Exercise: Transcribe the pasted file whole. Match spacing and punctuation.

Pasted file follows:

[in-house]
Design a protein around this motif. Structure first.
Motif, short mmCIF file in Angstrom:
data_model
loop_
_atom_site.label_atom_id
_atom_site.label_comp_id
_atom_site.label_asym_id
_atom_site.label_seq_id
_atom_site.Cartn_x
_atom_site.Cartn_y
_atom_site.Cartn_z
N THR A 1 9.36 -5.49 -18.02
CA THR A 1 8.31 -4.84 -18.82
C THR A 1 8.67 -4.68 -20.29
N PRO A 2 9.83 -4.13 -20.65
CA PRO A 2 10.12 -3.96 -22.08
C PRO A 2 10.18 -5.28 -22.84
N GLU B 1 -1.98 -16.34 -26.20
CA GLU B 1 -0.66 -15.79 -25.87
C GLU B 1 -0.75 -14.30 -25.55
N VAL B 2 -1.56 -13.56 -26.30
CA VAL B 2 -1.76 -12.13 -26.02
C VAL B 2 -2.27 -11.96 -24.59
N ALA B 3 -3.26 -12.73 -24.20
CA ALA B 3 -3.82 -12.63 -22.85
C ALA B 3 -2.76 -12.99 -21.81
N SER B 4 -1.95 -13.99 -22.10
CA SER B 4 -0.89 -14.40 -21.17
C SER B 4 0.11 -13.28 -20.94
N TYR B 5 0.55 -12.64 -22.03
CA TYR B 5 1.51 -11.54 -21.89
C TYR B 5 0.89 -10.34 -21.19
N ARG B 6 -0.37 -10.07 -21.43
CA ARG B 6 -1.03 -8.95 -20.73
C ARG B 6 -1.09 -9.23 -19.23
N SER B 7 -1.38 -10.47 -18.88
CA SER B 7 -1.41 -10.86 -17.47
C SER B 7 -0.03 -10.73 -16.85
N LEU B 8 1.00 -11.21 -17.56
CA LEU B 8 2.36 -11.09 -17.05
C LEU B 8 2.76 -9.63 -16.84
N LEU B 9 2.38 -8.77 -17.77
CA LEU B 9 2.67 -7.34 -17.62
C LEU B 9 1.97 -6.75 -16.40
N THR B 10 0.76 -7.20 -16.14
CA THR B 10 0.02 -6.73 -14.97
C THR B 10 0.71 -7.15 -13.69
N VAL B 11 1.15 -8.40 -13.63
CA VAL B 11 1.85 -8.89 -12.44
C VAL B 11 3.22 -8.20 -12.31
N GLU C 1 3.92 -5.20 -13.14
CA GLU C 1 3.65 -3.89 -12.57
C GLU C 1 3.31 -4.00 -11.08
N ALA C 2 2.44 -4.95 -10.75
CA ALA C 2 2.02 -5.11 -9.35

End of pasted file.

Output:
[in-house]
Design a protein around this motif. Structure first.
Motif, short mmCIF file in Angstrom:
data_model
loop_
_atom_site.label_atom_id
_atom_site.label_comp_id
_atom_site.label_asym_id
_atom_site.label_seq_id
_atom_site.Cartn_x
_atom_site.Cartn_y
_atom_site.Cartn_z
N THR A 1 9.36 -5.49 -18.02
CA THR A 1 8.31 -4.84 -18.82
C THR A 1 8.67 -4.68 -20.29
N PRO A 2 9.83 -4.13 -20.65
CA PRO A 2 10.12 -3.96 -22.08
C PRO A 2 10.18 -5.28 -22.84
N GLU B 1 -1.98 -16.34 -26.20
CA GLU B 1 -0.66 -15.79 -25.87
C GLU B 1 -0.75 -14.30 -25.55
N VAL B 2 -1.56 -13.56 -26.30
CA VAL B 2 -1.76 -12.13 -26.02
C VAL B 2 -2.27 -11.96 -24.59
N ALA B 3 -3.26 -12.73 -24.20
CA ALA B 3 -3.82 -12.63 -22.85
C ALA B 3 -2.76 -12.99 -21.81
N SER B 4 -1.95 -13.99 -22.10
CA SER B 4 -0.89 -14.40 -21.17
C SER B 4 0.11 -13.28 -20.94
N TYR B 5 0.55 -12.64 -22.03
CA TYR B 5 1.51 -11.54 -21.89
C TYR B 5 0.89 -10.34 -21.19
N ARG B 6 -0.37 -10.07 -21.43
CA ARG B 6 -1.03 -8.95 -20.73
C ARG B 6 -1.09 -9.23 -19.23
N SER B 7 -1.38 -10.47 -18.88
CA SER B 7 -1.41 -10.86 -17.47
C SER B 7 -0.03 -10.73 -16.85
N LEU B 8 1.00 -11.21 -17.56
CA LEU B 8 2.36 -11.09 -17.05
C LEU B 8 2.76 -9.63 -16.84
N LEU B 9 2.38 -8.77 -17.77
CA LEU B 9 2.67 -7.34 -17.62
C LEU B 9 1.97 -6.75 -16.40
N THR B 10 0.76 -7.20 -16.14
CA THR B 10 0.02 -6.73 -14.97
C THR B 10 0.71 -7.15 -13.69
N VAL B 11 1.15 -8.40 -13.63
CA VAL B 11 1.85 -8.89 -12.44
C VAL B 11 3.22 -8.20 -12.31
N GLU C 1 3.92 -5.20 -13.14
CA GLU C 1 3.65 -3.89 -12.57
C GLU C 1 3.31 -4.00 -11.08
N ALA C 2 2.44 -4.95 -10.75
CA ALA C 2 2.02 -5.11 -9.35